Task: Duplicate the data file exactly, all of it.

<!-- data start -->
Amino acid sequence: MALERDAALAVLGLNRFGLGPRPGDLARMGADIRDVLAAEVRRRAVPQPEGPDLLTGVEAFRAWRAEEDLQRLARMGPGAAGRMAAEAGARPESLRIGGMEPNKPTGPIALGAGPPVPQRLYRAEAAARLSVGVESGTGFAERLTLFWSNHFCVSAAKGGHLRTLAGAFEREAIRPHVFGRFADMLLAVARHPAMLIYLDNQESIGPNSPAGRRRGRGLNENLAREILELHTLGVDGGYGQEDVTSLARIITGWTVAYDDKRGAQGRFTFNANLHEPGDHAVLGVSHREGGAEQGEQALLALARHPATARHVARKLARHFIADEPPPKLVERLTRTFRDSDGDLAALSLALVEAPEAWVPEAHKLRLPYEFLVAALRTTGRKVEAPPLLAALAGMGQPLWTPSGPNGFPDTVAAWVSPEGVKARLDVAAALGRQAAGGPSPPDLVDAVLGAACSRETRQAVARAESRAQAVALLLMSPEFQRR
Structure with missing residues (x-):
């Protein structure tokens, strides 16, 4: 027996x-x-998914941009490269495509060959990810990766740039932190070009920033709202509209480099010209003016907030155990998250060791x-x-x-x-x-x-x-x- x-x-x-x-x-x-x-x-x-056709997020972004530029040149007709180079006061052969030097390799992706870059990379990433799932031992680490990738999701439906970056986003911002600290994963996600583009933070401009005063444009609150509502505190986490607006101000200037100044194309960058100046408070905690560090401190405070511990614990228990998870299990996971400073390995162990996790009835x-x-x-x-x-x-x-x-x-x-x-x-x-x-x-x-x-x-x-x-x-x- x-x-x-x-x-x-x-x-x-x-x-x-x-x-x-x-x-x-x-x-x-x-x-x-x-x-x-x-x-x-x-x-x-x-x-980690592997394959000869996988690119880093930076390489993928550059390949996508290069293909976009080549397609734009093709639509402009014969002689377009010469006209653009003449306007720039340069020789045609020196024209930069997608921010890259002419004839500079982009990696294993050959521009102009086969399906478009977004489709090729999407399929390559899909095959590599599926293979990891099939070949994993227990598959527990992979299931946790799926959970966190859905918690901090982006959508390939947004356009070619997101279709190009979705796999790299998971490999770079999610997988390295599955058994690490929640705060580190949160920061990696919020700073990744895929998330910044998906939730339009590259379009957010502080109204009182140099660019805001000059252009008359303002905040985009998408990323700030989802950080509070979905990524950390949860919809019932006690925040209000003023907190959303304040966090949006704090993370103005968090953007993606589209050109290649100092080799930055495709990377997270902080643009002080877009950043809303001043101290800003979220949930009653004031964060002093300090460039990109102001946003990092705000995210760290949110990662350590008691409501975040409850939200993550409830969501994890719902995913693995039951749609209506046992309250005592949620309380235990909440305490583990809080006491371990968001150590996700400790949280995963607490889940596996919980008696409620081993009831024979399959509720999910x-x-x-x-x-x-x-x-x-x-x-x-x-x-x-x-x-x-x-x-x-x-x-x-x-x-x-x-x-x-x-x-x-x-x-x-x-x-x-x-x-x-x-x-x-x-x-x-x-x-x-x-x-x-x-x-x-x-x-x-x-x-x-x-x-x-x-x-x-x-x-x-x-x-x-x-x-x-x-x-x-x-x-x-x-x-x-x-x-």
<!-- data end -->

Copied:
Amino acid sequence: MALERDAALAVLGLNRFGLGPRPGDLARMGADIRDVLAAEVRRRAVPQPEGPDLLTGVEAFRAWRAEEDLQRLARMGPGAAGRMAAEAGARPESLRIGGMEPNKPTGPIALGAGPPVPQRLYRAEAAARLSVGVESGTGFAERLTLFWSNHFCVSAAKGGHLRTLAGAFEREAIRPHVFGRFADMLLAVARHPAMLIYLDNQESIGPNSPAGRRRGRGLNENLAREILELHTLGVDGGYGQEDVTSLARIITGWTVAYDDKRGAQGRFTFNANLHEPGDHAVLGVSHREGGAEQGEQALLALARHPATARHVARKLARHFIADEPPPKLVERLTRTFRDSDGDLAALSLALVEAPEAWVPEAHKLRLPYEFLVAALRTTGRKVEAPPLLAALAGMGQPLWTPSGPNGFPDTVAAWVSPEGVKARLDVAAALGRQAAGGPSPPDLVDAVLGAACSRETRQAVARAESRAQAVALLLMSPEFQRR
Structure with missing residues (x-):
């Protein structure tokens, strides 16, 4: 027996x-x-998914941009490269495509060959990810990766740039932190070009920033709202509209480099010209003016907030155990998250060791x-x-x-x-x-x-x-x- x-x-x-x-x-x-x-x-x-056709997020972004530029040149007709180079006061052969030097390799992706870059990379990433799932031992680490990738999701439906970056986003911002600290994963996600583009933070401009005063444009609150509502505190986490607006101000200037100044194309960058100046408070905690560090401190405070511990614990228990998870299990996971400073390995162990996790009835x-x-x-x-x-x-x-x-x-x-x-x-x-x-x-x-x-x-x-x-x-x- x-x-x-x-x-x-x-x-x-x-x-x-x-x-x-x-x-x-x-x-x-x-x-x-x-x-x-x-x-x-x-x-x-x-x-980690592997394959000869996988690119880093930076390489993928550059390949996508290069293909976009080549397609734009093709639509402009014969002689377009010469006209653009003449306007720039340069020789045609020196024209930069997608921010890259002419004839500079982009990696294993050959521009102009086969399906478009977004489709090729999407399929390559899909095959590599599926293979990891099939070949994993227990598959527990992979299931946790799926959970966190859905918690901090982006959508390939947004356009070619997101279709190009979705796999790299998971490999770079999610997988390295599955058994690490929640705060580190949160920061990696919020700073990744895929998330910044998906939730339009590259379009957010502080109204009182140099660019805001000059252009008359303002905040985009998408990323700030989802950080509070979905990524950390949860919809019932006690925040209000003023907190959303304040966090949006704090993370103005968090953007993606589209050109290649100092080799930055495709990377997270902080643009002080877009950043809303001043101290800003979220949930009653004031964060002093300090460039990109102001946003990092705000995210760290949110990662350590008691409501975040409850939200993550409830969501994890719902995913693995039951749609209506046992309250005592949620309380235990909440305490583990809080006491371990968001150590996700400790949280995963607490889940596996919980008696409620081993009831024979399959509720999910x-x-x-x-x-x-x-x-x-x-x-x-x-x-x-x-x-x-x-x-x-x-x-x-x-x-x-x-x-x-x-x-x-x-x-x-x-x-x-x-x-x-x-x-x-x-x-x-x-x-x-x-x-x-x-x-x-x-x-x-x-x-x-x-x-x-x-x-x-x-x-x-x-x-x-x-x-x-x-x-x-x-x-x-x-x-x-x-x-």